AWS Storage Blog

How to securely share application log files with third parties

What do we do when our applications fail, and we must provide instance-level log data to external entities for troubleshooting purposes? It’s best to limit direct human interaction with our production resources, so we often see temporary access provided for a fixed period. For highly regulated industries, the approval process for production access can be challenging and not permitted. In these cases, having users connect to our Amazon Elastic Compute Cloud (Amazon EC2) instances to retrieve them is out of the question.

An Amazon CloudWatch Agent can improve this situation with its log file collection feature, which automates ingesting files into CloudWatch Logs. However, this solution is not appropriate for every scenario, such as sharing them with third parties (e.g., partners and ISV support teams). Customers must grant those third parties’ access with specific permission to their AWS account, which can be a non-starter for many Security Operations (SecOps) teams. Furthermore, many external entities prefer to receive log files as traditional ZIP archives.

We find that our customers need a process that continuously collects the application logs and stores them on secure, cost-optimized storage. These collected log files need to be securely made available to external parties in a manner that is easy to manage and auditable by the SecOps team.

In this blog post, we provide you a managed solution to centralize, efficiently store, and securely access application logs running on internal systems. AWS Managed Services make it easy to implement application log sharing pipelines without requiring custom code and undifferentiated heavy lifting. The implementation we review in this blog covers:

  1. Centralizing log files using Amazon FSx for Windows File Server
  2. Synchronizes those files to an Amazon S3 bucket with AWS DataSync
  3. Providing secure access to external parties using AWS Transfer Family

Architecture from end-to-end

Architectural diagram illustrates application log file flow from EC2 based workloads using Amazon FSx storage. AWS DataSync transports application logs to Amazon S3, accessible via the AWS Transfer Family

Figure 1: System architecture

Figure 1 highlights the solution architecture from a shared central log store through external entity access. The steps for configuration are as follows:

  1. Configure an Amazon EC2 instances to mount Server Message Block (SMB) shares provided by Amazon FSx and configure applications to store log files in that location.
  2. Use DataSync to replicate log files stored on Amazon FSx to an Amazon S3 bucket.
  3. Configure AWS Transfer Family to provide named user access to the appropriate log files in the Amazon S3 bucket with an SFTP protocol.

We used AWS Cloud Development Kit (CDK) to generate the template for deploying an environment for testing this pattern. The template takes about two hours to launch all resources, such as Amazon FSx along with the remaining Windows and Linux EC2 infrastructure to synchronize files to Amazon S3 and make them available via AWS Transfer Family using SFTP. See the home page of this repository for more information regarding any customizations.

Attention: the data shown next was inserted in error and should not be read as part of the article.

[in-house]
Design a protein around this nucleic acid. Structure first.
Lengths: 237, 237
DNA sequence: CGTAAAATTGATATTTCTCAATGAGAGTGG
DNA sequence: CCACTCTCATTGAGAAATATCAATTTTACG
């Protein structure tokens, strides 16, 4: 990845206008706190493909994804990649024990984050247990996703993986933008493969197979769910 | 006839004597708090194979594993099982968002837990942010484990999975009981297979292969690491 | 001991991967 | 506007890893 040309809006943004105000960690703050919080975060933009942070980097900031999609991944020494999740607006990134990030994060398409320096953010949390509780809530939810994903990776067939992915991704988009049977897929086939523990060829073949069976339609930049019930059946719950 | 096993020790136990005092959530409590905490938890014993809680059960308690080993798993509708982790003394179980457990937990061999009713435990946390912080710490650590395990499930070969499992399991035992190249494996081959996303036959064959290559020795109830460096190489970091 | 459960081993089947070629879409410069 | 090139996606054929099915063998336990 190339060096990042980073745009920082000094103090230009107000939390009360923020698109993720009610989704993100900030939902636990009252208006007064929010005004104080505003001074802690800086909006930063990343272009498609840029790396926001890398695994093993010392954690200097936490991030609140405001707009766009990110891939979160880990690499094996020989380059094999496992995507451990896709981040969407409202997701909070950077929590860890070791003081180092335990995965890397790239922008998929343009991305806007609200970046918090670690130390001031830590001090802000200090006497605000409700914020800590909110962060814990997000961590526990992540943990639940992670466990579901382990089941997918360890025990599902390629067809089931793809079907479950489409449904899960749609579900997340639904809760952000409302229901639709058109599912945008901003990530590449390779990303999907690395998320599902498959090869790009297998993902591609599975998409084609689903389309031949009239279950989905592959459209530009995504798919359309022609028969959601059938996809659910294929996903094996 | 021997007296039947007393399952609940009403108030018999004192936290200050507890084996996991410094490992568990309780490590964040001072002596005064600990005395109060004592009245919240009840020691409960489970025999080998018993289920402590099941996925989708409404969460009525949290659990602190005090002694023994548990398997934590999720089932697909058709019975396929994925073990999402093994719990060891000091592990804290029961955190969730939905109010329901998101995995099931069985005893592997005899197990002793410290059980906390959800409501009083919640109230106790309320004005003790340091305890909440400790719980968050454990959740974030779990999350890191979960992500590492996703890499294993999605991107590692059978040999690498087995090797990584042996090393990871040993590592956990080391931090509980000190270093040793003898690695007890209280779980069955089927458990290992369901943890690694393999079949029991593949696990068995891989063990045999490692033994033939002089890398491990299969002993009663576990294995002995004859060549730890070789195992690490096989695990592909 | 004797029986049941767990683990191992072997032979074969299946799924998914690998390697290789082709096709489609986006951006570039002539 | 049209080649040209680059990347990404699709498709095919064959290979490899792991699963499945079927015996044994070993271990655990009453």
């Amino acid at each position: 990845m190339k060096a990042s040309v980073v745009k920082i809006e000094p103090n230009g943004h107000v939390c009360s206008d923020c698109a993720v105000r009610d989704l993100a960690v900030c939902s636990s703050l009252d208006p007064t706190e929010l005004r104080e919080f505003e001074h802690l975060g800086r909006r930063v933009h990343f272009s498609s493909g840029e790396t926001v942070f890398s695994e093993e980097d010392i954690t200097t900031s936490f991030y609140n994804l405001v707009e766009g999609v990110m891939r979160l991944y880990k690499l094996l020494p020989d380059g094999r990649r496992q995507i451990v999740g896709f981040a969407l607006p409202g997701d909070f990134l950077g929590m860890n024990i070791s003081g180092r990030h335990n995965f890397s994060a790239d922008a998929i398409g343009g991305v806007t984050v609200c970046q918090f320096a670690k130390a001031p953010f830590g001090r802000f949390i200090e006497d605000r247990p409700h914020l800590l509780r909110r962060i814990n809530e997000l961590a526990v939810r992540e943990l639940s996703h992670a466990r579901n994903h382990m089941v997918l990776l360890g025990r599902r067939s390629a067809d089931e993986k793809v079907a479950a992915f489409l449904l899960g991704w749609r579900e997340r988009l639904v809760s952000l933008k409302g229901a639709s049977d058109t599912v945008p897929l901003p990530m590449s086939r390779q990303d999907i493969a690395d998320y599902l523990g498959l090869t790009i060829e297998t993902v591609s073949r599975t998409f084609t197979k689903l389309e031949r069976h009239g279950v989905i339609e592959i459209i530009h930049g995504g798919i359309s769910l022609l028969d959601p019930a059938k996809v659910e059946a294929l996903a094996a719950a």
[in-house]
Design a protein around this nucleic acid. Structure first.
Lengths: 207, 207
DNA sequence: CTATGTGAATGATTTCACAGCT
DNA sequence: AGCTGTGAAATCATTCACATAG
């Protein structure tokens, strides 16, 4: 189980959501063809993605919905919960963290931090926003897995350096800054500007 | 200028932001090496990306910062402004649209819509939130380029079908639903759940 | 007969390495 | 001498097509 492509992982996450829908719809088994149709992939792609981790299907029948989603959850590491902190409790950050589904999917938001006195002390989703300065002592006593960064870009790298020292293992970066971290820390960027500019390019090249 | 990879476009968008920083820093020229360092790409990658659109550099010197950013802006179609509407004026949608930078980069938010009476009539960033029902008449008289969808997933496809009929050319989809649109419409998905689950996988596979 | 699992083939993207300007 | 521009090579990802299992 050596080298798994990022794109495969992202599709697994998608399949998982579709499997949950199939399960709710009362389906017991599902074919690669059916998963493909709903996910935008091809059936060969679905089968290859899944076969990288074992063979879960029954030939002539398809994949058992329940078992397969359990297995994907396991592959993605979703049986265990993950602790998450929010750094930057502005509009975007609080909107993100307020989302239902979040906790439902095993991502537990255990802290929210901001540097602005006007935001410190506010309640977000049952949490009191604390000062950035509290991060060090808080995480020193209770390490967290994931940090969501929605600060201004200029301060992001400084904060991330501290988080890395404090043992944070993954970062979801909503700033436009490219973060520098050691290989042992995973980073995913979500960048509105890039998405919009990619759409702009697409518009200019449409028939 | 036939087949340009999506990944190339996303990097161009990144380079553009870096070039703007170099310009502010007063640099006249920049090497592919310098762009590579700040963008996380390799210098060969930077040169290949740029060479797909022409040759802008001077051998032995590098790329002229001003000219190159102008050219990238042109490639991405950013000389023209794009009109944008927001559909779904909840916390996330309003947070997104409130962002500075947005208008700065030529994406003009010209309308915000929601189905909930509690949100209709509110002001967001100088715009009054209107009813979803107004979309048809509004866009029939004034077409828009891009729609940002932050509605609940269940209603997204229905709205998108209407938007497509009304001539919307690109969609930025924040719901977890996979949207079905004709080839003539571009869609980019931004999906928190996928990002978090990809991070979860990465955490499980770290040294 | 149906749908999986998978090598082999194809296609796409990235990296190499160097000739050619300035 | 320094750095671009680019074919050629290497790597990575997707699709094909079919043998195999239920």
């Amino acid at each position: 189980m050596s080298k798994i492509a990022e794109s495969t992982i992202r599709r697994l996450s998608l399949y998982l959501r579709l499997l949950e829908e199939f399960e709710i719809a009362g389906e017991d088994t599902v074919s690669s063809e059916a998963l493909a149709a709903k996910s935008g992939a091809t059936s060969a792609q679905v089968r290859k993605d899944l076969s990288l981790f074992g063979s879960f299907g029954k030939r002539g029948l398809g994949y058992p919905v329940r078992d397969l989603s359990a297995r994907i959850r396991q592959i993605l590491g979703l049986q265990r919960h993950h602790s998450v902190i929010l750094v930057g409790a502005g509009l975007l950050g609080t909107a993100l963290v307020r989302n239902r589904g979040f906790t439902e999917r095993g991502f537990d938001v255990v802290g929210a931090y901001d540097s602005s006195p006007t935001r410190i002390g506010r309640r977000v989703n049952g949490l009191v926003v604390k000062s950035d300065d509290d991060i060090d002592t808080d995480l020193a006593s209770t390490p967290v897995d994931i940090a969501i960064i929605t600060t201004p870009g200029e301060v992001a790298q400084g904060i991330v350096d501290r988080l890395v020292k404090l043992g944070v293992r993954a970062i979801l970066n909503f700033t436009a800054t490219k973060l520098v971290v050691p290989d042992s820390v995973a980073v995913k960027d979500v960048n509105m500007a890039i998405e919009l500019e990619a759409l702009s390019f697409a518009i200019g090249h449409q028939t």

We briefly cover each component and detail how to build out the solution independently. We also provide links to the applicable documentation if you are interested in customizing this to suit your use case.

Step 1: Centralize application files into Amazon FSx for Windows File Server

Architectural diagram illustrates application log file flow from EC2 based workloads using Amazon FSx storage. AWS DataSync transports application logs to Amazon S3, accessible via the AWS Transfer Family.

Figure 2: In this section, we cover the services highlighted in centralized log storage. See step 1

Amazon FSx supports four widely-used file systems: NetApp ONTAP, OpenZFS, Windows File Server, and Lustre. The solution architecture begins with provisioning an Amazon FSx file system for Windows File Server. In the example below, the Amazon FSx file system uses the settings recommended for production environments, including Multi-AZ for high availability and SSD storage for increased performance.

Example of the basic options available when creating an Amazon FSx file system

Figure 3: Amazon FSx Create file system console options

Amazon FSx for Windows File Server is a fully managed, highly reliable, and scalable file storage service accessible over the industry-standard Server Message Block (SMB) protocol. It is built on Windows Server, delivering administrative features such as Microsoft Active Directory (AD) integration and user quotas. Amazon FSx for Windows File Server serves as a central collection point that is very easy to configure. Customers can automate mounting the file share to their log directories using AWS Systems Manager Run Command or Group Policy. After attaching the file share, configure the application to write its log files to this location.

If you need to adapt these steps to do the same thing for your Linux-based workloads, you can. This modification requires replacing Amazon FSx for Windows File Server with Amazon Elastic File System, a fully managed NFS file system. For hybrid environments, consider using Amazon FSx for NetApp ONTAP. ONTAP is a multi-protocol file share supporting Windows SMB and Linux NFS clients.